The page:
And Die Hard has some great lessons to teach us about the mind set that we need to have when we approach budgeting. Trust me it does. It has to. I’m writing a blog about money management and I love Die Hard, so I’ll squeeze a metaphor out of it if it kills me.

The hero of the story is John McClane, an under-appreciated, down on his luck, New York City cop who flies out to California to reconnect with his wife and hopefully save his marriage. While attending a Christmas party at her office building, McClane and all the company employs get trapped on the 40th floor when a group of terrorists seize control of the building with hopes of acquiring the $640 million stored in the company vault. Slipping away from the baddies, McClane becomes everyone's best hope for survival. But he’s a fish out of water. He’s got no phone, no technological know-how, and no shoes.

McClane’s biggest asset is his method to approaching to conflict—simplify. He’s not good with computers (in fact he’s utterly baffled by a touch screen monitor). He doesn’t understand electronics, and he’s not motivated by greed or ambition or money. He's good at being simple because John McClane is a simple guy, and throughout the movie he’s continually breaking down his challenges to the simplest fundamentals.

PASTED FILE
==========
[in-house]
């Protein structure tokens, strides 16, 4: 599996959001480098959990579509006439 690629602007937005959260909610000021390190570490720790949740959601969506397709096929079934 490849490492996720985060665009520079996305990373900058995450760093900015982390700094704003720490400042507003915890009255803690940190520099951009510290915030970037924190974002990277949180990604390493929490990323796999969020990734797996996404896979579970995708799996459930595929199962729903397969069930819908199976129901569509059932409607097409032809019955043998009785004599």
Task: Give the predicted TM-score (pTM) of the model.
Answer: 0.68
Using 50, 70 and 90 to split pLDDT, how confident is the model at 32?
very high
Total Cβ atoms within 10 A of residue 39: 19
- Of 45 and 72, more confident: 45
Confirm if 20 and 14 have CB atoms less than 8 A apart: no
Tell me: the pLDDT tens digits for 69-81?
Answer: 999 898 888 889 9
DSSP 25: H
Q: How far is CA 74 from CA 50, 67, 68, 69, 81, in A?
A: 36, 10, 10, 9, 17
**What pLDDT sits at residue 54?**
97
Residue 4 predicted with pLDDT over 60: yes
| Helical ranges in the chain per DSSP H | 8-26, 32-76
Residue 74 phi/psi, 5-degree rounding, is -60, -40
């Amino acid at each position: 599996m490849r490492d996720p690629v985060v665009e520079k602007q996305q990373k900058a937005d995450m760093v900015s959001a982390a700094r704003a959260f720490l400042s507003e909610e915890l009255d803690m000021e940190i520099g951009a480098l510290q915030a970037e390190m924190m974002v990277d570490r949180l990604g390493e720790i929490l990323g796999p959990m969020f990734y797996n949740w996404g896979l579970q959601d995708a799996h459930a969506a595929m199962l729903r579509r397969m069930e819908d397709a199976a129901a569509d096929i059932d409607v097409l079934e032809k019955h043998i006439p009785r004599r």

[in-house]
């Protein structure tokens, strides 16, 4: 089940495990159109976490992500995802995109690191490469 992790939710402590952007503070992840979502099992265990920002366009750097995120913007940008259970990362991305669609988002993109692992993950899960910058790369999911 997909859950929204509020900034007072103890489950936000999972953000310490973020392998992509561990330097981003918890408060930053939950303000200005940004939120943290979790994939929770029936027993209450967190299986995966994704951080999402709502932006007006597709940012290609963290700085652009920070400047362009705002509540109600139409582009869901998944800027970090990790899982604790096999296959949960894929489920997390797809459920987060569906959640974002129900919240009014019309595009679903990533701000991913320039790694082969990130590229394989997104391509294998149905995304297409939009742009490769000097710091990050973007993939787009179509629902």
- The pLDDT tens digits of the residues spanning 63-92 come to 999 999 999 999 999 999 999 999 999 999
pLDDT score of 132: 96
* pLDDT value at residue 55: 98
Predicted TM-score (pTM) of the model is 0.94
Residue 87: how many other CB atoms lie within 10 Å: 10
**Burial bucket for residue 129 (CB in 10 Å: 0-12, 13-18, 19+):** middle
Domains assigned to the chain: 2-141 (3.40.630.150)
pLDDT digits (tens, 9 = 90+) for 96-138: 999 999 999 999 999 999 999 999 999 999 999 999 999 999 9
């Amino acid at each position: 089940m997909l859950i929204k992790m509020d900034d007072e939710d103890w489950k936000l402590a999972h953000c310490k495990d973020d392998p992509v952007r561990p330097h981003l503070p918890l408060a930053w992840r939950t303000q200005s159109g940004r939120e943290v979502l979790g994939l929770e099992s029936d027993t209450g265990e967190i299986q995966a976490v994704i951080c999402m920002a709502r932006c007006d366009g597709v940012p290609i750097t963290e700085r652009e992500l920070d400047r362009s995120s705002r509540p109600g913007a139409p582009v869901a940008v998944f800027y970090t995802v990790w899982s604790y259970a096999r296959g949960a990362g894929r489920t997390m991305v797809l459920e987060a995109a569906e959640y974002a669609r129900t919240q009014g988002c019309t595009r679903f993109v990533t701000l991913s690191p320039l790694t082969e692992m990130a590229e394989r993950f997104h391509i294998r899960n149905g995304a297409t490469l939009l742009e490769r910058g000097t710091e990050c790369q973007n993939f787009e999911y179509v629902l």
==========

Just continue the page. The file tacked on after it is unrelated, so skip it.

Too many bad guys in the ways? Use bullets.

Bad guys shooting up police officers? Drop a bomb on their heads.

Roof about to explode? Jump off…. but first tie yourself to a fire hose.

Granted, his ideas aren’t always the greatest, but it is his ability to simplify that saves his life again, and again, and again.

Like John McClane, we need to take a more simplistic approach to money management. It’s not all facts and figures and calculators and spreadsheets and computers. Sometimes it’s just good old fashioned discipline and common sense. Maybe you don’t need a budget with 40 categories. Maybe 20 will do just fine. Maybe if your spouse can’t understand the colorful spread sheets you’ve set up in the computer, maybe it’s time to just write it down on paper. Whatever the case may be. Simpler is better. If it works on terrorists it'll work on your bank account.

Keep pinchin' :-)

Tuesday, April 8, 2014

A Series of Unfortunate Events At The Grant Homestead

As I stated yesterday, we appear to be on a ride through unfortunate financial events. Since I blogged about Trusting God Without Borders two weeks ago the following has happened: